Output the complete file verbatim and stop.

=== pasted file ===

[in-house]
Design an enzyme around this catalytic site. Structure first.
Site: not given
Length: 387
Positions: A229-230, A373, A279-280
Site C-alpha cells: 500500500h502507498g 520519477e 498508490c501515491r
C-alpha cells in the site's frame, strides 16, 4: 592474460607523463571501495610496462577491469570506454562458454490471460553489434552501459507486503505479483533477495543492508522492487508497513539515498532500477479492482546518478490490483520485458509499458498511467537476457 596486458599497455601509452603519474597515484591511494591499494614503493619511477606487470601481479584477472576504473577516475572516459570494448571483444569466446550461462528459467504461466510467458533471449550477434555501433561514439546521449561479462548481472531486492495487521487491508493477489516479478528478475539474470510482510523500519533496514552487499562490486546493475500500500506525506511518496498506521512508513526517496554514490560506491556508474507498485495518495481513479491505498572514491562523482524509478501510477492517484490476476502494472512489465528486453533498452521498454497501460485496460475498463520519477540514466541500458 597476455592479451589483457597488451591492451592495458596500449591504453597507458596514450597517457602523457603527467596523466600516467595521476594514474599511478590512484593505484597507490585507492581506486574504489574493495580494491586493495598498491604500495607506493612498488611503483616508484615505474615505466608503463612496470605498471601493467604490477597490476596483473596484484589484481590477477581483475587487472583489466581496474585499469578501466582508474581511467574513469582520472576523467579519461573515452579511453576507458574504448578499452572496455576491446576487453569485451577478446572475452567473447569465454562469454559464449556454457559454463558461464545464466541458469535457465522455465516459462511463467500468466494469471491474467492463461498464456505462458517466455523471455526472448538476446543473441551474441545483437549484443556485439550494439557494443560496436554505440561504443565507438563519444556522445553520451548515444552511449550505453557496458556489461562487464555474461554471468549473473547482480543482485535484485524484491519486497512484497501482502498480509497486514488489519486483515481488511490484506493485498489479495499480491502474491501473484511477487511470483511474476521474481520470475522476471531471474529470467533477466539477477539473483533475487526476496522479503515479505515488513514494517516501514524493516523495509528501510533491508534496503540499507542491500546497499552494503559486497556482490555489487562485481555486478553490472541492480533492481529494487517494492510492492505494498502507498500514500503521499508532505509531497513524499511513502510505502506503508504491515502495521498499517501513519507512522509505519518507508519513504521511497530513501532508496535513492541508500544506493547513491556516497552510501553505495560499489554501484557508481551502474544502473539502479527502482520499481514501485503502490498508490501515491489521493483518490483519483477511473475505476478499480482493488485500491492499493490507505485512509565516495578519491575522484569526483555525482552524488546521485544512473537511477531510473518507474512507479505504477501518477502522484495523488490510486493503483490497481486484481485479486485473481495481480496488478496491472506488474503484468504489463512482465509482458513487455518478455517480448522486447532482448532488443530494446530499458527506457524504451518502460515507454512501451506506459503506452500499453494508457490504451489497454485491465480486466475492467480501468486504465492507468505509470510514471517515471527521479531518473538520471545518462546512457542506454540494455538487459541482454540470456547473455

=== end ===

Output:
[in-house]
Design an enzyme around this catalytic site. Structure first.
Site: not given
Length: 387
Positions: A229-230, A373, A279-280
Site C-alpha cells: 500500500h502507498g 520519477e 498508490c501515491r
C-alpha cells in the site's frame, strides 16, 4: 592474460607523463571501495610496462577491469570506454562458454490471460553489434552501459507486503505479483533477495543492508522492487508497513539515498532500477479492482546518478490490483520485458509499458498511467537476457 596486458599497455601509452603519474597515484591511494591499494614503493619511477606487470601481479584477472576504473577516475572516459570494448571483444569466446550461462528459467504461466510467458533471449550477434555501433561514439546521449561479462548481472531486492495487521487491508493477489516479478528478475539474470510482510523500519533496514552487499562490486546493475500500500506525506511518496498506521512508513526517496554514490560506491556508474507498485495518495481513479491505498572514491562523482524509478501510477492517484490476476502494472512489465528486453533498452521498454497501460485496460475498463520519477540514466541500458 597476455592479451589483457597488451591492451592495458596500449591504453597507458596514450597517457602523457603527467596523466600516467595521476594514474599511478590512484593505484597507490585507492581506486574504489574493495580494491586493495598498491604500495607506493612498488611503483616508484615505474615505466608503463612496470605498471601493467604490477597490476596483473596484484589484481590477477581483475587487472583489466581496474585499469578501466582508474581511467574513469582520472576523467579519461573515452579511453576507458574504448578499452572496455576491446576487453569485451577478446572475452567473447569465454562469454559464449556454457559454463558461464545464466541458469535457465522455465516459462511463467500468466494469471491474467492463461498464456505462458517466455523471455526472448538476446543473441551474441545483437549484443556485439550494439557494443560496436554505440561504443565507438563519444556522445553520451548515444552511449550505453557496458556489461562487464555474461554471468549473473547482480543482485535484485524484491519486497512484497501482502498480509497486514488489519486483515481488511490484506493485498489479495499480491502474491501473484511477487511470483511474476521474481520470475522476471531471474529470467533477466539477477539473483533475487526476496522479503515479505515488513514494517516501514524493516523495509528501510533491508534496503540499507542491500546497499552494503559486497556482490555489487562485481555486478553490472541492480533492481529494487517494492510492492505494498502507498500514500503521499508532505509531497513524499511513502510505502506503508504491515502495521498499517501513519507512522509505519518507508519513504521511497530513501532508496535513492541508500544506493547513491556516497552510501553505495560499489554501484557508481551502474544502473539502479527502482520499481514501485503502490498508490501515491489521493483518490483519483477511473475505476478499480482493488485500491492499493490507505485512509565516495578519491575522484569526483555525482552524488546521485544512473537511477531510473518507474512507479505504477501518477502522484495523488490510486493503483490497481486484481485479486485473481495481480496488478496491472506488474503484468504489463512482465509482458513487455518478455517480448522486447532482448532488443530494446530499458527506457524504451518502460515507454512501451506506459503506452500499453494508457490504451489497454485491465480486466475492467480501468486504465492507468505509470510514471517515471527521479531518473538520471545518462546512457542506454540494455538487459541482454540470456547473455